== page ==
Monday, April 12, 2010

Tandem 1 Finds a Temporary Home

Many are aware that I have two tandems. Tandem 1 (the first one I bought) is a size large, steel, Santana Sovereign. It's an absolutely awesome bike. Of course all the fools that are convinced that if a bike isn't made of carbon it's crap, scoff. What they don't realize is that this steel tandem rides and responds as well as great single bike.

First some background on the tandems, then an update on what Tandem 1 is up to:

I bought Tandem 1 used for $1100 from its only owner. I then put some money into it to get it up to a reasonable level of componentry. Replaced the bar end shifters with new Ultegra 9 speed levers. Got a new rear wheel built that would accommodate 9 speed. New brakes. Etc. At that point it was truly a thing of beauty. The only problem was that the size large was a little too big for Carol. If you've ever spent any time riding on a tandem, you know that nothing ruins the experience faster than an unhappy stoker.

So, I knew that a smaller tandem was in order. I ended up buying another Santana Sovereign, this one an aluminum size medium, and we moved to the new machine. Tandem 2 is a really nice bike too (Campy drivetrain), but it's only 4 pounds lighter than Tandem 1, and definitely isn't as nice a ride. You can really notice the smoothness of the steel when the entire team gets out of the saddle. Tandem 1 has a nice smooth flex to it. Tandem 2 has much more of a jerky feel.

The point here being that if you want to buy a tandem, don't be put off by an older steel Santana. You can get them for relatively cheap, and they're better bikes than many of the new ones that are out there today.

Since Tandem 1 went out of favor, it's been collecting dust. I've talked about trying to sell it, but I've never found anyone that would pay even close to what I thought it was worth; so it's just sat there.

As a member of the San Diego Tandem Club email list, I regularly get updates on the Blind Stoker's Club. As I watch these emails go by and see all the good things that this group does, I've wanted to talk to them about loaning them Tandem 1. Well, it finally happened last week. I met up with Dave White, the guy who runs the club, let him take a look at the tandem to make sure it would be useful to him, and let it go.

Today I got a really nice email back from Dave letting me know how the tandem is doing. Depending upon how things go, I will likely be spending some time with these guys, filling in when they are in need of substitute captains:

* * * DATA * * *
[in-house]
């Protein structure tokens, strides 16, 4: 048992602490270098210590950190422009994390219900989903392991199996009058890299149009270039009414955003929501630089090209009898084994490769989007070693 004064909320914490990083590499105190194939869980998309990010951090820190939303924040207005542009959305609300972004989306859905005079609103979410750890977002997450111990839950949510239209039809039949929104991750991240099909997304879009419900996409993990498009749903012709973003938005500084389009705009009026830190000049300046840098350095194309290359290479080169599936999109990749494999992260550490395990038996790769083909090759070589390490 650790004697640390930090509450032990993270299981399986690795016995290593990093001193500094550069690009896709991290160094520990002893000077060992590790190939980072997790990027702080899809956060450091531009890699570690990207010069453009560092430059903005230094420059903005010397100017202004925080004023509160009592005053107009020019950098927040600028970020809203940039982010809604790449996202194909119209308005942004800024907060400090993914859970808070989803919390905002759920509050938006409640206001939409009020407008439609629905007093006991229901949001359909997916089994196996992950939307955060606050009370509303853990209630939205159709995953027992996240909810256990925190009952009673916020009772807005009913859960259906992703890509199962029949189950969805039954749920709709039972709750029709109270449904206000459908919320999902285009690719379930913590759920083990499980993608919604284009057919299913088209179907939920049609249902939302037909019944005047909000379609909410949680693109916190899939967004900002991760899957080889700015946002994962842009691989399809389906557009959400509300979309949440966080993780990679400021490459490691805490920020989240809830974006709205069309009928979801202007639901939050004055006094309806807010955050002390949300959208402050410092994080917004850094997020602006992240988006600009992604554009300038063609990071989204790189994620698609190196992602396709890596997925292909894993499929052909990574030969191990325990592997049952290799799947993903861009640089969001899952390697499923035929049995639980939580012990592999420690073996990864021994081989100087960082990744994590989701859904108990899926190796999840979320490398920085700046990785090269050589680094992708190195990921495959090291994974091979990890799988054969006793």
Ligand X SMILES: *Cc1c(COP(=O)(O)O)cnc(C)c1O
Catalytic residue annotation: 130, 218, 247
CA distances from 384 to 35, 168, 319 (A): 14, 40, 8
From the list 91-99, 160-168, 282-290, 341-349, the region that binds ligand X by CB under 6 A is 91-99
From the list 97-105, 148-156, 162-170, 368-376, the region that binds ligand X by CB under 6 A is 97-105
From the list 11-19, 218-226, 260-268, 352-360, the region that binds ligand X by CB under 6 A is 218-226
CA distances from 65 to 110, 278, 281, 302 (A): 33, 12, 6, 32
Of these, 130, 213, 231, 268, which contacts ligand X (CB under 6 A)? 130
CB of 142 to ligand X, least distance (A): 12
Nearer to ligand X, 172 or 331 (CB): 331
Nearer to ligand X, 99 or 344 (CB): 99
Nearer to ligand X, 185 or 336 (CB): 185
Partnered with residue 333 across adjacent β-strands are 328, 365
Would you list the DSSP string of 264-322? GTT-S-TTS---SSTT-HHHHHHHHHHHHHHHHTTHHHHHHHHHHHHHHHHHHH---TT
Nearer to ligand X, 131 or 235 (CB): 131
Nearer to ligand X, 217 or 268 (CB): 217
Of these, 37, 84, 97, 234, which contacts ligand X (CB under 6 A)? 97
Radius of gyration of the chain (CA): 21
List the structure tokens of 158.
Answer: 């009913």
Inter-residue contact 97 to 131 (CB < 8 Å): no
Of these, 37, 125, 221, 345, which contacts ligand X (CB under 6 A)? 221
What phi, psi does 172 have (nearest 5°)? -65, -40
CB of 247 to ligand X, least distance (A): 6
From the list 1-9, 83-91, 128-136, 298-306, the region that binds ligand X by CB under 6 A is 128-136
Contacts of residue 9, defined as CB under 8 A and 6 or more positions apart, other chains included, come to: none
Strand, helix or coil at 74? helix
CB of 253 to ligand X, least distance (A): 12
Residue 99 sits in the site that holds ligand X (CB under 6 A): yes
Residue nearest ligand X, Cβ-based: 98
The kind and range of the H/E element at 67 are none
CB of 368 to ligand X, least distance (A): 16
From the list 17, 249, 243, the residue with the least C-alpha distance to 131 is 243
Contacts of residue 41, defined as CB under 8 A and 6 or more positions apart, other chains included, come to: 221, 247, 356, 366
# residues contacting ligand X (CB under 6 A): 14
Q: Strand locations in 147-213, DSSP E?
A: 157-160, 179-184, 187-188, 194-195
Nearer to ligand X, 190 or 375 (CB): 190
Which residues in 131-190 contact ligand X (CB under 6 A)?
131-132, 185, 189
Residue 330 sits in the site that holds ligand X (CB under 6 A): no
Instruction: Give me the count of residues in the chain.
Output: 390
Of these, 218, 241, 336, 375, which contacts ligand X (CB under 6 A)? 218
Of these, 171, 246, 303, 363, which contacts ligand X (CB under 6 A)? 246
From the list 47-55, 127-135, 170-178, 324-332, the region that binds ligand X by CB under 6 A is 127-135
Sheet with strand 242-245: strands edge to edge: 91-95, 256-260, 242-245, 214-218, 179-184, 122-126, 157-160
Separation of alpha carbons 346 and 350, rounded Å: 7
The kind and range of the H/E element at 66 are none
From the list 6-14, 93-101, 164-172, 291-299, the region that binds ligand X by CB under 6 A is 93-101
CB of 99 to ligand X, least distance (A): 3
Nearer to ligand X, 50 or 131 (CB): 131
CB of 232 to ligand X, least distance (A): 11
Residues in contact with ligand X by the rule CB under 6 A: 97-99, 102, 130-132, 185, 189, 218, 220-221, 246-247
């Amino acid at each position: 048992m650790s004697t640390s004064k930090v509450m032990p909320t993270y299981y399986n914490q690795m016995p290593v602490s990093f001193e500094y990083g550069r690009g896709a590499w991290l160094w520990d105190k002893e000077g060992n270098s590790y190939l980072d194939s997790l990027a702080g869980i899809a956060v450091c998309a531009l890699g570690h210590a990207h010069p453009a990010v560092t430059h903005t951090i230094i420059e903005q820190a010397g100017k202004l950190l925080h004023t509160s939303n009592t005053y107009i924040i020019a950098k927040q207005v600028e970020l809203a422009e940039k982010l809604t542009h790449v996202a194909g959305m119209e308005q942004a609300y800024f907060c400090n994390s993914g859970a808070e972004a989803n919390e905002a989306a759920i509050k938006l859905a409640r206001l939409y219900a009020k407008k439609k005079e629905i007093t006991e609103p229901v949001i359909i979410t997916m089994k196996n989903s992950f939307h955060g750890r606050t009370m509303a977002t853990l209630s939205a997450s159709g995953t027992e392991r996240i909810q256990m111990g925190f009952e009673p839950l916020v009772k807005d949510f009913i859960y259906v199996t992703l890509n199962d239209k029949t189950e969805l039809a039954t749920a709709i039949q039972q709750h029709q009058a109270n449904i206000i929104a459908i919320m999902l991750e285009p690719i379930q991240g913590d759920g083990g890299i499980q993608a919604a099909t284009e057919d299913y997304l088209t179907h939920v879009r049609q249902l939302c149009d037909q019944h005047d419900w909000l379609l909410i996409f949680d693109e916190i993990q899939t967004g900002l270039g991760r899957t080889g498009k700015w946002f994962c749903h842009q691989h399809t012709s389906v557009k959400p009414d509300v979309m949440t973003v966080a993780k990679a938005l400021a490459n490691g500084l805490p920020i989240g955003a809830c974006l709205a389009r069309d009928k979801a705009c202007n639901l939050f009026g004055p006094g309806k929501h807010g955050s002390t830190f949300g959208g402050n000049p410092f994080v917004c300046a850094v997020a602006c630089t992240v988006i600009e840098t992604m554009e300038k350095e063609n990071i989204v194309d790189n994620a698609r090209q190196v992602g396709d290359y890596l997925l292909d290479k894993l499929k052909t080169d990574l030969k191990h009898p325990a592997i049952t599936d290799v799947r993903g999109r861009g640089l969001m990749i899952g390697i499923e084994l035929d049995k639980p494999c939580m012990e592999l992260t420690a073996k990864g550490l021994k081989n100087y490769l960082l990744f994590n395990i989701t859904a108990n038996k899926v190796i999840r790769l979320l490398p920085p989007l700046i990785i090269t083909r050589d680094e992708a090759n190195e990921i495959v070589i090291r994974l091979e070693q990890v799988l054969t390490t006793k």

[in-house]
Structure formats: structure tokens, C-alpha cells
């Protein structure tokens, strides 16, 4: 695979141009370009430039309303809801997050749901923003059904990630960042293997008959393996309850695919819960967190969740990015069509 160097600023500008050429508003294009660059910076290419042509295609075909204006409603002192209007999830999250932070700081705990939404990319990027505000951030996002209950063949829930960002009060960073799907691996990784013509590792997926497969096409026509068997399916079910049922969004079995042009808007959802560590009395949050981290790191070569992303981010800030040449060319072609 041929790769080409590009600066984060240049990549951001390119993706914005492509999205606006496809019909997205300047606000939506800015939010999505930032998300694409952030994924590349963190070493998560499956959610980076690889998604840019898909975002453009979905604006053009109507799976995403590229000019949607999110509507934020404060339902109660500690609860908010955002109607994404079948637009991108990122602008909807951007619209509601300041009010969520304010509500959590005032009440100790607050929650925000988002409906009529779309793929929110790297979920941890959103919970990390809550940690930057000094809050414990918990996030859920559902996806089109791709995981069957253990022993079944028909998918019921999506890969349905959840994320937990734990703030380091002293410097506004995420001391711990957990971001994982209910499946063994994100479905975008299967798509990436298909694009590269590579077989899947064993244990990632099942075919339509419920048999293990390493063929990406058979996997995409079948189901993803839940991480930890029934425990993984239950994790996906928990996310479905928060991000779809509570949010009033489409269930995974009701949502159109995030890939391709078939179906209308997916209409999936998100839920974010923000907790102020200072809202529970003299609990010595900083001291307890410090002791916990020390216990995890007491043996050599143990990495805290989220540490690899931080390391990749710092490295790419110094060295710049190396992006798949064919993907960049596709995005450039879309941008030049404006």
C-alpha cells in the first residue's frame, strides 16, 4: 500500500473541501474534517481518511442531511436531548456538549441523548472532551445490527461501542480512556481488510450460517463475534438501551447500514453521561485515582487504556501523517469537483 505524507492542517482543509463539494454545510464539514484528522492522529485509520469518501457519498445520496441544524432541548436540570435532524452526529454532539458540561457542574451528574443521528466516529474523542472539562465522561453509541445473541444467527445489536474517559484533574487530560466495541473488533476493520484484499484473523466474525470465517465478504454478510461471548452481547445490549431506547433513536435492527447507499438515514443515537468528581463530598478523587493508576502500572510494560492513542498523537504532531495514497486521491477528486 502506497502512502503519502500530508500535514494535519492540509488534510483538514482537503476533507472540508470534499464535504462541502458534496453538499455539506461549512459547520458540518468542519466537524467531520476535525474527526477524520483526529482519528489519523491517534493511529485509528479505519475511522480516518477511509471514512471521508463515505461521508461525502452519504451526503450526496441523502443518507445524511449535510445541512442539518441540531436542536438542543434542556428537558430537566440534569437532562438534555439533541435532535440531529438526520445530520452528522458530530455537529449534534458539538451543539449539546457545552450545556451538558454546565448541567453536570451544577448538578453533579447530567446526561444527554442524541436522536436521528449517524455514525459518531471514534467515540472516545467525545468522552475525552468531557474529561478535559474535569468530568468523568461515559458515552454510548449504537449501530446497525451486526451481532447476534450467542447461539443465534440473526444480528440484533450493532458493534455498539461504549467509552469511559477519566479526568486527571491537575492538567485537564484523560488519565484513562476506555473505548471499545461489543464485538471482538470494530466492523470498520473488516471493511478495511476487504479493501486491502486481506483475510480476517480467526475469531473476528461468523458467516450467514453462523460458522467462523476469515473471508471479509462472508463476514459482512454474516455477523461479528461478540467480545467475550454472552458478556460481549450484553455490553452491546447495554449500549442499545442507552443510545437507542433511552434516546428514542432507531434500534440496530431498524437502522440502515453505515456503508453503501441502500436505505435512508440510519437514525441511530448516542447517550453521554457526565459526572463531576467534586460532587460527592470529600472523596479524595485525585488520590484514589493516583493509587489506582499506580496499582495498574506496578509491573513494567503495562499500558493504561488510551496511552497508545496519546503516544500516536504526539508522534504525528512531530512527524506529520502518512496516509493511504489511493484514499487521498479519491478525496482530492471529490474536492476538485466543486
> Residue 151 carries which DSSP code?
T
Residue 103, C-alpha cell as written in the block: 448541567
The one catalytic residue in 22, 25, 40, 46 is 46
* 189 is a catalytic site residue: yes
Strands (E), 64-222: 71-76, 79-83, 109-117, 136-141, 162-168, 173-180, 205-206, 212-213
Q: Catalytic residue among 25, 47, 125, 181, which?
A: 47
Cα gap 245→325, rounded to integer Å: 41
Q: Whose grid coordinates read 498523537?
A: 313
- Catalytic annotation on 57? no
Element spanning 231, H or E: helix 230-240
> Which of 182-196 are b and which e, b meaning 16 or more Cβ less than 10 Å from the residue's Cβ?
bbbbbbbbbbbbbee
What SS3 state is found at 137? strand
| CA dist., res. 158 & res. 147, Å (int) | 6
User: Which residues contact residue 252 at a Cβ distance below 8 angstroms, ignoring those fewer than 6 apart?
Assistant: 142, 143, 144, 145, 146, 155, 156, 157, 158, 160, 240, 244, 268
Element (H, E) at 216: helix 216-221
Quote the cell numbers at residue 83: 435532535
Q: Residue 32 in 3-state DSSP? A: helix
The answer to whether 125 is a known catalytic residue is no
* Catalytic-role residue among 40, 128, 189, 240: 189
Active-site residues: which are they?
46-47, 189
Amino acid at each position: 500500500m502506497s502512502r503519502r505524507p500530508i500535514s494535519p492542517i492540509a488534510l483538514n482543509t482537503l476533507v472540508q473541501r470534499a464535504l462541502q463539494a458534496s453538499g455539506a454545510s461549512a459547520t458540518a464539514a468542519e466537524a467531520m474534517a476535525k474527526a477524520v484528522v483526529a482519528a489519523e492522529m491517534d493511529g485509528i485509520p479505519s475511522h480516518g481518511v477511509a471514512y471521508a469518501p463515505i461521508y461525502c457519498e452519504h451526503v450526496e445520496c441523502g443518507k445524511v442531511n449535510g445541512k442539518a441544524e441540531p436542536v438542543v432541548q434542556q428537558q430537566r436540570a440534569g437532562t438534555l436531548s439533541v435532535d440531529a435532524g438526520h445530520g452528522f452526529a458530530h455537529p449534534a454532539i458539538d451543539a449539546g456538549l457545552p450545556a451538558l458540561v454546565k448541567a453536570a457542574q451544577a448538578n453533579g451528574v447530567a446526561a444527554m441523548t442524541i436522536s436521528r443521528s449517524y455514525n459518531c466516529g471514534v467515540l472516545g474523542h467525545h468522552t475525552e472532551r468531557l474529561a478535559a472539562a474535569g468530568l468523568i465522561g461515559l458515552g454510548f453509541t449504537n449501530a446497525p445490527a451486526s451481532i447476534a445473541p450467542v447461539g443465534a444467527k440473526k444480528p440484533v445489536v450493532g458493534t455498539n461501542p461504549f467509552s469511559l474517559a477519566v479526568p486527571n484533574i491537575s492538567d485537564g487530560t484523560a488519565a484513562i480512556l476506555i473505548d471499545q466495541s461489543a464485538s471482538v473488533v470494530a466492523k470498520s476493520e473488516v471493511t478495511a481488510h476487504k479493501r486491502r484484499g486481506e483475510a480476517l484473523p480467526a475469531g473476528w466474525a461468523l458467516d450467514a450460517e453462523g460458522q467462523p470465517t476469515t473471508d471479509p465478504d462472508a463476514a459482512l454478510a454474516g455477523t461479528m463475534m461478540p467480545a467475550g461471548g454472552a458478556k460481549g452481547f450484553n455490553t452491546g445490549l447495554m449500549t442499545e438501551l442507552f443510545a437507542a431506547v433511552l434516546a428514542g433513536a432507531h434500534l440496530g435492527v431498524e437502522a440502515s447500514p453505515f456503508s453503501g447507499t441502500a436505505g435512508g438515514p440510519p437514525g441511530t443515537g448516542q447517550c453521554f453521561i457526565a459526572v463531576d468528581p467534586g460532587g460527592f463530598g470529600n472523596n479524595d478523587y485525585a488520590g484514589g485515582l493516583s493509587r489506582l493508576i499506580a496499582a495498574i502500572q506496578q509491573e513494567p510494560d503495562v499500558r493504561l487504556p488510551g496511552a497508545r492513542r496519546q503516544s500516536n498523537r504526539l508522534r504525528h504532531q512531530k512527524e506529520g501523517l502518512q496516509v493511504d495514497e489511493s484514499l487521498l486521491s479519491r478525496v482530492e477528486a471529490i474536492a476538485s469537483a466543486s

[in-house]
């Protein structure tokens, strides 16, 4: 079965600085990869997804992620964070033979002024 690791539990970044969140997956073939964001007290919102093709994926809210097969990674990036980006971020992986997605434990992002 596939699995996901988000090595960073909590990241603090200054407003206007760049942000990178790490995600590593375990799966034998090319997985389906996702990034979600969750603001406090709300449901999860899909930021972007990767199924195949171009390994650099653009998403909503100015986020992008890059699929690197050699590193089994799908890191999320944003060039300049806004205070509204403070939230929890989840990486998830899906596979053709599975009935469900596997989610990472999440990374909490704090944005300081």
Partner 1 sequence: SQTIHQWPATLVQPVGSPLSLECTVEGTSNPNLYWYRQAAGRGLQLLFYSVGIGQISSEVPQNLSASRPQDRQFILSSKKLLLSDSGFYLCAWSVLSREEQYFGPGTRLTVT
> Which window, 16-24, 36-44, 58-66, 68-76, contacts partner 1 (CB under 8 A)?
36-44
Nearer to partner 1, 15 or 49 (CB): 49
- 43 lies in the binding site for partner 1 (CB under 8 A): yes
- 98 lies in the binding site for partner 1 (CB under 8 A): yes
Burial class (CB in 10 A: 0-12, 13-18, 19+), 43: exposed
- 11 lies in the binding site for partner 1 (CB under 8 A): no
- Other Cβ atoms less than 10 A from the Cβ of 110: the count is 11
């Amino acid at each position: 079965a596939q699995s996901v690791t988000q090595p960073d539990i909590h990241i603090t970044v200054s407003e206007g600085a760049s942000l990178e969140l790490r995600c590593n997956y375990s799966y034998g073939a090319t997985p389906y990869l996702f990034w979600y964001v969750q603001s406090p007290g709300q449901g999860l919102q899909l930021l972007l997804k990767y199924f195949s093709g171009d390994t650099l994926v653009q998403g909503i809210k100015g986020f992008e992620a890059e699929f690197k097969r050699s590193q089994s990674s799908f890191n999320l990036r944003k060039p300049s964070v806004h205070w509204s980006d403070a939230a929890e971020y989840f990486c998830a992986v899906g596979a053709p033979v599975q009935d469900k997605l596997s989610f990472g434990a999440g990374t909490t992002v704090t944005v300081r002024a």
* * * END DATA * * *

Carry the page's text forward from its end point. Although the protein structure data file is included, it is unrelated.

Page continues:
Eric -

Thank you for loaning us the outstanding Santana sovereign tandem. I have learned to contain my expectations until "first sight"; you never know what to expect. Your is a gem, and we really appreciate it. In the near term, it will be going to SDSU student Jeremy Poincenot (6'1") and his fraternity brother captain. Jeremy has a genetic disease called Leber's LHON and lost his sight suddenly 18 months ago. Here is Jeremy's website

The entire Greek week at SDSU is raising funds for LHON research this year, and Jeremy will be throwing out the first pitch at the Padres game April 20th. He is being filmed for MTV's "Real Life" series. Also a good golfer, Jeremy will be competing at the Blind Golf World Championships in England this summer.

You will hear a lot more from us and from Jeremy and his 2nd CURE tour in June.

We will list you on the BSC roster as a substitute captain.

Thanks for everything,

Dave White

Oh Yah, Bike Riding/Racing

Hey so, I've fallen off the rails with regard to the racing this season. Riding for that matter as well. The past six weeks or so have been a disaster as far as riding goes. I have a list of excuses a mile long. Mainly though it's down to a massive amount of work-work. Lately there's been so much to do and so few people to do it, that we're all getting over-loaded.

The cycle is a draining one, and extremely hard to pull out of. Too tired to ride because of all the stresses and hours of work. Feel bad, get more sleep, make time to ride, but see the stress level go even higher as the work pile gets bigger. So then, ride even less because even more tired.

The bottom line on this is that I need to take more control over what it is that I get sucked into at work. That's going to be the goal for both me and my team over the next 6 months. We'll see how well we do.